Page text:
Turmeric was traditionally called “Indian saffron” because of its deep yellow-orange colour and has been used throughout history as a healing remedy.
A relative of ginger, turmeric is a powerful medicine that has long been used in the Chinese and Indian systems of medicine as an anti-inflammatory agent to treat a wide variety of conditions, including flatulence, jaundice, menstrual difficulties, bloody urine, haemorrhage, toothache, bruises, chest pain, and colic.
The yellow or orange pigment of turmeric is called curcumin and is thought to be the primary pharmacological agent in turmeric. In numerous studies, curcumin’s anti-inflammatory effects have been shown to be comparable to the potent drugs hydrocortisone and phenylbutazone as well as over-the-counter anti-inflammatory agents
There’s not a huge amount of scientific research to back these theories up, but that doesn’t mean the benefits should be dismissed out of hand.
Here are just 5 health benfits that Turmeric has been credited with.
1. Prevents heart attacks
A 2012 study found that the use of Turmeric was beneficial in preventing heart attacks among bypass patients.The research followed 121 patients who had bypass surgery between 2009 and 2011. Three days before surgery and up to five days after, half of the patients took curcumin capsules, while the other half took placebo pills.
30% of those in the placebo group experienced a heart attack during their recuperation compared with those who took the supplements with the antioxidant and anti-inflammatory properties of curcumin being credited.
2. Delays the on-set of Diabetes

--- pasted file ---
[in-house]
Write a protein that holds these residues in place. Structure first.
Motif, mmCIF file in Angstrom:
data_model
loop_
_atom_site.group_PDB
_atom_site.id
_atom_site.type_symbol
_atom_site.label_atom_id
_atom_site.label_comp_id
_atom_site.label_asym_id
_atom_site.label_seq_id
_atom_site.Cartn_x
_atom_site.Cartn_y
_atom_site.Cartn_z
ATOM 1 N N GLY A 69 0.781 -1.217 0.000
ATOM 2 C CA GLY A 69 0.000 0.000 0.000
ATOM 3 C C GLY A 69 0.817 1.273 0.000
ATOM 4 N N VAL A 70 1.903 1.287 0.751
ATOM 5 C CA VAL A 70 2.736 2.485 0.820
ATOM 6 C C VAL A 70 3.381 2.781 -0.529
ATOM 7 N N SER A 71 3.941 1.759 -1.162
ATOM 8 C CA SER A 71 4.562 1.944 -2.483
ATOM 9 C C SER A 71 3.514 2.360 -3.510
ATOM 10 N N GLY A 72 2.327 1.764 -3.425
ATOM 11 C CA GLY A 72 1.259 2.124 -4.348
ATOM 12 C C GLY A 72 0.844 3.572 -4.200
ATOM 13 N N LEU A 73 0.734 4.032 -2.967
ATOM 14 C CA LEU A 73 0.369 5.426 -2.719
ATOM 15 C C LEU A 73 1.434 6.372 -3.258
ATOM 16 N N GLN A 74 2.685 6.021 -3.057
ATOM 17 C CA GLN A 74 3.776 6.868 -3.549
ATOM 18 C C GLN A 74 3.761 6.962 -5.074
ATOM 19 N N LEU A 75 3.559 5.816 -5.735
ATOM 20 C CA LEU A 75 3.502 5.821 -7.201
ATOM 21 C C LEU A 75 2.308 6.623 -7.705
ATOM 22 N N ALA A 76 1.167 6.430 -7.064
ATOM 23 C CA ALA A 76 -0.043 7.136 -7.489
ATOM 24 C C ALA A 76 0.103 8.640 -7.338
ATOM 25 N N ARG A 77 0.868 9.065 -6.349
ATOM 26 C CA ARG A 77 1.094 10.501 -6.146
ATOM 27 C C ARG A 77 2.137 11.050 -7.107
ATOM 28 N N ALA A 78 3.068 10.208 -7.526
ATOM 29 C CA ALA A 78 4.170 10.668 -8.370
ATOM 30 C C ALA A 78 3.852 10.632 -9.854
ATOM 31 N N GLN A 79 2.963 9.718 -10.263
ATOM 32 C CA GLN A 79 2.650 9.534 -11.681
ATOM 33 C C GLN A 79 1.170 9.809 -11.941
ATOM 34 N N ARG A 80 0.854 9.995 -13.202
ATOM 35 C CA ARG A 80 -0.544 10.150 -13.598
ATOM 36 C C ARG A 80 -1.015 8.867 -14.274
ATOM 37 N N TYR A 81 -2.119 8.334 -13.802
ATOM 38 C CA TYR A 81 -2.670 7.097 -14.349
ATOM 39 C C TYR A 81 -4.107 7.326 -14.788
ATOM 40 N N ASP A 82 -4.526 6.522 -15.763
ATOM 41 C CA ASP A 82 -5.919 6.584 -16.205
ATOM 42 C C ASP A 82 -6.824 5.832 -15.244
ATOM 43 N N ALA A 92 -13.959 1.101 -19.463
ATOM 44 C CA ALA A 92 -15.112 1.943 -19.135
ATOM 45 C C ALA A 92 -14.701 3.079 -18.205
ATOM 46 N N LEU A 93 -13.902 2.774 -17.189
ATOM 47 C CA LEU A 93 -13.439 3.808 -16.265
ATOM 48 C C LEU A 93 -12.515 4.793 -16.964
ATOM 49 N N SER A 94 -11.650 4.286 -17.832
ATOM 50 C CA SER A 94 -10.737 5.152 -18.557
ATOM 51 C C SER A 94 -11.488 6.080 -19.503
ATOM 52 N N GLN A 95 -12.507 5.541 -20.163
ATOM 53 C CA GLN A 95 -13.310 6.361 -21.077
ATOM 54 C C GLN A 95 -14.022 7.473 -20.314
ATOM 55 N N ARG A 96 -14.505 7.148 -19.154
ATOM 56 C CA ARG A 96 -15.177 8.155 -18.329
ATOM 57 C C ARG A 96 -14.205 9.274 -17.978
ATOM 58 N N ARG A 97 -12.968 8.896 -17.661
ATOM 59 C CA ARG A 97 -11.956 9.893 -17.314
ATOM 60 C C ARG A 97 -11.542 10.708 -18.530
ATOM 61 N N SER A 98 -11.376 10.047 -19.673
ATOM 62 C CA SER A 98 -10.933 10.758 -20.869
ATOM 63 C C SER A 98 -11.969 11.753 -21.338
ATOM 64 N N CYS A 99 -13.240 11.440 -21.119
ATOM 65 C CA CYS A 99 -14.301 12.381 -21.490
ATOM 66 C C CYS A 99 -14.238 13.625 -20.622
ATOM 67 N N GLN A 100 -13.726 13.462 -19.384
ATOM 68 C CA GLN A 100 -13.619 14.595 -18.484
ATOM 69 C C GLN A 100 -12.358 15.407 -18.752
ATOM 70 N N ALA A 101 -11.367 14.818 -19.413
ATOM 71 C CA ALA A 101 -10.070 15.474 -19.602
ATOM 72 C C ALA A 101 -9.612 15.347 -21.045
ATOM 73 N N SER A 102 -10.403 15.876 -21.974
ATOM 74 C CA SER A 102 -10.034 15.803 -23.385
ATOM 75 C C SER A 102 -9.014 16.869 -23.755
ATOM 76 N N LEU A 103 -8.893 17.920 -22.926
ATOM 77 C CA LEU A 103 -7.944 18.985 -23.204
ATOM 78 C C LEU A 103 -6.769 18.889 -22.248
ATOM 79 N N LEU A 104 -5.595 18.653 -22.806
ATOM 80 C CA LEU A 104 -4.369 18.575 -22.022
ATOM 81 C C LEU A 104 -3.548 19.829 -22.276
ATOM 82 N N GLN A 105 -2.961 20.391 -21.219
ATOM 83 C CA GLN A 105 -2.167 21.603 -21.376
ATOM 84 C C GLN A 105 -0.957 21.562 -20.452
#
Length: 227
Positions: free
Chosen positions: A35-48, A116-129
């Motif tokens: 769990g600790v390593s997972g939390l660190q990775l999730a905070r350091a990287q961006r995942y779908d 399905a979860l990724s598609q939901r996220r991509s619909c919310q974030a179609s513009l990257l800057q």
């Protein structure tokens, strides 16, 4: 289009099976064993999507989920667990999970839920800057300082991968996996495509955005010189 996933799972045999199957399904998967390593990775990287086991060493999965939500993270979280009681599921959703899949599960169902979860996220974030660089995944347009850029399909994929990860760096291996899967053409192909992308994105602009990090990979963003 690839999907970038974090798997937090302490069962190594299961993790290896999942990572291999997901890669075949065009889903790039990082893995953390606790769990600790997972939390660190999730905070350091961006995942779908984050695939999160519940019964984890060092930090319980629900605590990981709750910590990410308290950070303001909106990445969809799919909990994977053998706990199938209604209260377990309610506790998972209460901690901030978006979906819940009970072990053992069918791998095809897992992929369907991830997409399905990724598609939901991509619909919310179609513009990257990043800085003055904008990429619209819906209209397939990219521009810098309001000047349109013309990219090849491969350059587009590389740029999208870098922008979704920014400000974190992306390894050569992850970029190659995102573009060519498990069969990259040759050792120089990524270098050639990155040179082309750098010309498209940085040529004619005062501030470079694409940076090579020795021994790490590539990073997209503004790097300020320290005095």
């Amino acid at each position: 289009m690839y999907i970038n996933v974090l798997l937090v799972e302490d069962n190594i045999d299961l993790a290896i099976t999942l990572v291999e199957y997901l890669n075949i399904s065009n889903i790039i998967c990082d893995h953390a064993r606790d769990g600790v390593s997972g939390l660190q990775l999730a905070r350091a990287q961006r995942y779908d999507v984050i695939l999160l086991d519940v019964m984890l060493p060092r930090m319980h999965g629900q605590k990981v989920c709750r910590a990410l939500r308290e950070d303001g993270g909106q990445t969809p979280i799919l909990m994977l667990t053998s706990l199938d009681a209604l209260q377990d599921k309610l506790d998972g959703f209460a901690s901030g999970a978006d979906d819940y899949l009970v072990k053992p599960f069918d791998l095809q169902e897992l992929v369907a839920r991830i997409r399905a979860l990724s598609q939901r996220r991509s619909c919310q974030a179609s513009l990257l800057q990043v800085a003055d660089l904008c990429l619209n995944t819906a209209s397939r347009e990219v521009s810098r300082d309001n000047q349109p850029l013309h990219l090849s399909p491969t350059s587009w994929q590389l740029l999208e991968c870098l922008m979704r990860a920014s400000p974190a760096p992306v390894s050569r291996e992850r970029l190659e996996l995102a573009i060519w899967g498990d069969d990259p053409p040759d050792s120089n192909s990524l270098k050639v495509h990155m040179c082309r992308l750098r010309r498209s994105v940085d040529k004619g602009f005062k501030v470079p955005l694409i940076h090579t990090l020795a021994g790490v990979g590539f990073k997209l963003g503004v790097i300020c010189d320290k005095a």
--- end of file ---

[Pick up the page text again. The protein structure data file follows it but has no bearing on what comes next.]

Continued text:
In a 2012 study participants with prediabetes were given either curcumin supplements or placebo capsules over a nine month period.
Just over 16% of people taking the placebo pill were diagnosed with Type 2 diabetes by the end of the study, while no one taking curcumin was. Again, this has been put down to the anti-inflammatory and antioxidant powers of Turmeric.
3. Reverses the ageing process
Oxidative damage is believed to be one of the mechanisms behind the ageing process as it involves free radicals, which are highly reactive molecules with unpaired electrons. Free radicals tend to react with important organic substances, such as fatty acids, proteins or DNA.
Curcumin happens to be a potent antioxidant that can neutralize free radicals due to its chemical structure and also stimulates the body’s own antioxidant mechanisms – all helping to reverse the signs of ageing.
4. Improves brain functionality
Many common brain disorders have been linked to decreased levels of the growth hormone Brain-Derived Neurotrophic Factor (BDNF) that functions in the brain.
Many common brain disorders have been linked to decreased levels of this hormone. This includes depression and Alzheimer’s disease. Curcumin can boost levels of the brain hormone BDNF, which increases the growth of new neurons and fights various degenerative processes in the brain.
5. Fights cancer cells
Researchers have been studying curcumin as a beneficial herb in cancer treatment. It can affect cancer growth, development and spread at the molecular level and studies have shown that it can reduce angiogenesis (growth of new blood vessels in tumours), metastasis (spread of cancer), as well as contributing to the death of cancerous cells.
Put simply Curcumin leads to several changes on the molecular level that may help prevent and perhaps even treat cancer.